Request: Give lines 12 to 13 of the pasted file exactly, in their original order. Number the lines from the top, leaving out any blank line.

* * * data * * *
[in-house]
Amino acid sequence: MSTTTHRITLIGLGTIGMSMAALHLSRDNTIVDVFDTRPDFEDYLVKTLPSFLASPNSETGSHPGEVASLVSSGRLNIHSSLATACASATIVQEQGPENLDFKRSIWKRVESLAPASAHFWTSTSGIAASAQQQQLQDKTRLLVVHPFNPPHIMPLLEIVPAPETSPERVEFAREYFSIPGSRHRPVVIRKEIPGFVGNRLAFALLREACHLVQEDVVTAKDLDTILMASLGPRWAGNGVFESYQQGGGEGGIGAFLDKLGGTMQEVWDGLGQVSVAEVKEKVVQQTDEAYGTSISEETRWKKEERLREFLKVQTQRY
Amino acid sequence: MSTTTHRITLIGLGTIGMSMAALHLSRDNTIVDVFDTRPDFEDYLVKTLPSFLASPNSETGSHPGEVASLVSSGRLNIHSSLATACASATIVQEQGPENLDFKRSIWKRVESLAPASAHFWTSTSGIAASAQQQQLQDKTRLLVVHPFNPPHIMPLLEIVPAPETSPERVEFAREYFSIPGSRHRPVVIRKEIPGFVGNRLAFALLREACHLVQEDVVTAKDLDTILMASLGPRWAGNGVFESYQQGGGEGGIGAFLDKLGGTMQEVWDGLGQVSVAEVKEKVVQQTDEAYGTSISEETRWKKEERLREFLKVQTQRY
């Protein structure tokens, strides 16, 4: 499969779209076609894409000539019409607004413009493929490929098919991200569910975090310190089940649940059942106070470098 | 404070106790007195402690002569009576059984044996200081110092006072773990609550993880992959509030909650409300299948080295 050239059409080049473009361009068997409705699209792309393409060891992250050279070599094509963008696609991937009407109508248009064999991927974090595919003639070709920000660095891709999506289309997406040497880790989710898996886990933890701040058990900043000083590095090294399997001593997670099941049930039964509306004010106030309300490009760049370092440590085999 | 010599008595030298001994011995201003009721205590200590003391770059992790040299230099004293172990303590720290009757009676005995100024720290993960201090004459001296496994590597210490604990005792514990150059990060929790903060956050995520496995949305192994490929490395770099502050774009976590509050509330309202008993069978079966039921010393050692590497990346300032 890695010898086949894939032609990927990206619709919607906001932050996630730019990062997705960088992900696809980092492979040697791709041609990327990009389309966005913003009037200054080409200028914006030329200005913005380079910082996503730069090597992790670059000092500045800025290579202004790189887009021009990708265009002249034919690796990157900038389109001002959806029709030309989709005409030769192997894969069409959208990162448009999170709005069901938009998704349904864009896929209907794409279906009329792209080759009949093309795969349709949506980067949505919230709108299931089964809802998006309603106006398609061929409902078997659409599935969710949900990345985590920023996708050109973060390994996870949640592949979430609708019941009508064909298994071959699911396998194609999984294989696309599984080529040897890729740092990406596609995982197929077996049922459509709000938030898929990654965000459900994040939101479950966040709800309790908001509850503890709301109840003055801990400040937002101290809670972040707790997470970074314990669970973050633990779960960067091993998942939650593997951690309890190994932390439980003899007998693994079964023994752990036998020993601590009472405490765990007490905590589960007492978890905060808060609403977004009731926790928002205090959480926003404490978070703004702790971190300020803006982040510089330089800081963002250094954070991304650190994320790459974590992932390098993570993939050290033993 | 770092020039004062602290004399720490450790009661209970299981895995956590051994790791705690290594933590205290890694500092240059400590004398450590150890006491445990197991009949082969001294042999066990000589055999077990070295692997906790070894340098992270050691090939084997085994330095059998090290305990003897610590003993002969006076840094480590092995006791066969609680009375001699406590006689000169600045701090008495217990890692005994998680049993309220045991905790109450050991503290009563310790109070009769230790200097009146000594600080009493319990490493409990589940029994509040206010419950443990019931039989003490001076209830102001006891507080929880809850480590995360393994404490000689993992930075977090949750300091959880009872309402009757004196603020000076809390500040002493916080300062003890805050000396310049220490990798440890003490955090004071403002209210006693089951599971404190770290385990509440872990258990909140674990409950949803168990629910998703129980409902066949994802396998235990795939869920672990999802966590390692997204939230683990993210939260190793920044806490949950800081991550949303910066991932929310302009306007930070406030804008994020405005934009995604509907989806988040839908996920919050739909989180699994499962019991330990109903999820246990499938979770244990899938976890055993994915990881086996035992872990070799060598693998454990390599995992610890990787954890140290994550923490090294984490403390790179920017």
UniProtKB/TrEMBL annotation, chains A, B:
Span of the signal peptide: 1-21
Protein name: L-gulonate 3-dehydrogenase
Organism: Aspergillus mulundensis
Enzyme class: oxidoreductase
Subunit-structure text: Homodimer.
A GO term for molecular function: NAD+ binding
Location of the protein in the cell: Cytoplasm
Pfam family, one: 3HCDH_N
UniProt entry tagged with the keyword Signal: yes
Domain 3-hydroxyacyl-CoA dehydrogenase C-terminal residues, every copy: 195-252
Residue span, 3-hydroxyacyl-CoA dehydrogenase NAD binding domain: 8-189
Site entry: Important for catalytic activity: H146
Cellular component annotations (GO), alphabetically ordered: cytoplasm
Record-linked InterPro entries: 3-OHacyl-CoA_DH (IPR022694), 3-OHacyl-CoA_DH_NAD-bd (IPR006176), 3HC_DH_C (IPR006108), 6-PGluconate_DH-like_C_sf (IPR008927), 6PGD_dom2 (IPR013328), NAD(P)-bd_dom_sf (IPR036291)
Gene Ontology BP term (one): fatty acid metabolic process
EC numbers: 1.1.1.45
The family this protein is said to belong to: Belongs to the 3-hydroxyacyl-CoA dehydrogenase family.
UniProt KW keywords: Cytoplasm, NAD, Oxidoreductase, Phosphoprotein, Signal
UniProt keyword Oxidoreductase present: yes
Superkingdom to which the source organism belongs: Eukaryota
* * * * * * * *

Location of the protein in the cell: Cytoplasm
Pfam family, one: 3HCDH_N